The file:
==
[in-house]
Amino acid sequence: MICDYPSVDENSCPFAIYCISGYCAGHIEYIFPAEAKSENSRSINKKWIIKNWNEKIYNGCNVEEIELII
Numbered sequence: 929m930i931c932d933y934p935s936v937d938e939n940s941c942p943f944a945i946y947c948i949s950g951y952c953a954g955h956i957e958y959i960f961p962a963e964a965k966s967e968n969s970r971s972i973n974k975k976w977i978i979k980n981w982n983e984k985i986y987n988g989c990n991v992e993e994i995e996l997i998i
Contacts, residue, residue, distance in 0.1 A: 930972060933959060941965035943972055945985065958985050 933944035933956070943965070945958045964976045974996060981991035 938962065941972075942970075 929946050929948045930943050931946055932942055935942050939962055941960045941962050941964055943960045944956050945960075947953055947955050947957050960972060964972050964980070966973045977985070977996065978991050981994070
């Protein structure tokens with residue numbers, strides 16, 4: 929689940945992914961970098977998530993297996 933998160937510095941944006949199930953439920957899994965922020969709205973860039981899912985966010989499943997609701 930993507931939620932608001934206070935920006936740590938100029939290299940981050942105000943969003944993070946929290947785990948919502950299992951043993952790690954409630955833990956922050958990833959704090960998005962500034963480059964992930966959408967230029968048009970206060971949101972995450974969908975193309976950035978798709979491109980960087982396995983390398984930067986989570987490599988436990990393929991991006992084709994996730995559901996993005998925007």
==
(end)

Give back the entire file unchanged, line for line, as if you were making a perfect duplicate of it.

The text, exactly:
[in-house]
Amino acid sequence: MICDYPSVDENSCPFAIYCISGYCAGHIEYIFPAEAKSENSRSINKKWIIKNWNEKIYNGCNVEEIELII
Numbered sequence: 929m930i931c932d933y934p935s936v937d938e939n940s941c942p943f944a945i946y947c948i949s950g951y952c953a954g955h956i957e958y959i960f961p962a963e964a965k966s967e968n969s970r971s972i973n974k975k976w977i978i979k980n981w982n983e984k985i986y987n988g989c990n991v992e993e994i995e996l997i998i
Contacts, residue, residue, distance in 0.1 A: 930972060933959060941965035943972055945985065958985050 933944035933956070943965070945958045964976045974996060981991035 938962065941972075942970075 929946050929948045930943050931946055932942055935942050939962055941960045941962050941964055943960045944956050945960075947953055947955050947957050960972060964972050964980070966973045977985070977996065978991050981994070
């Protein structure tokens with residue numbers, strides 16, 4: 929689940945992914961970098977998530993297996 933998160937510095941944006949199930953439920957899994965922020969709205973860039981899912985966010989499943997609701 930993507931939620932608001934206070935920006936740590938100029939290299940981050942105000943969003944993070946929290947785990948919502950299992951043993952790690954409630955833990956922050958990833959704090960998005962500034963480059964992930966959408967230029968048009970206060971949101972995450974969908975193309976950035978798709979491109980960087982396995983390398984930067986989570987490599988436990990393929991991006992084709994996730995559901996993005998925007």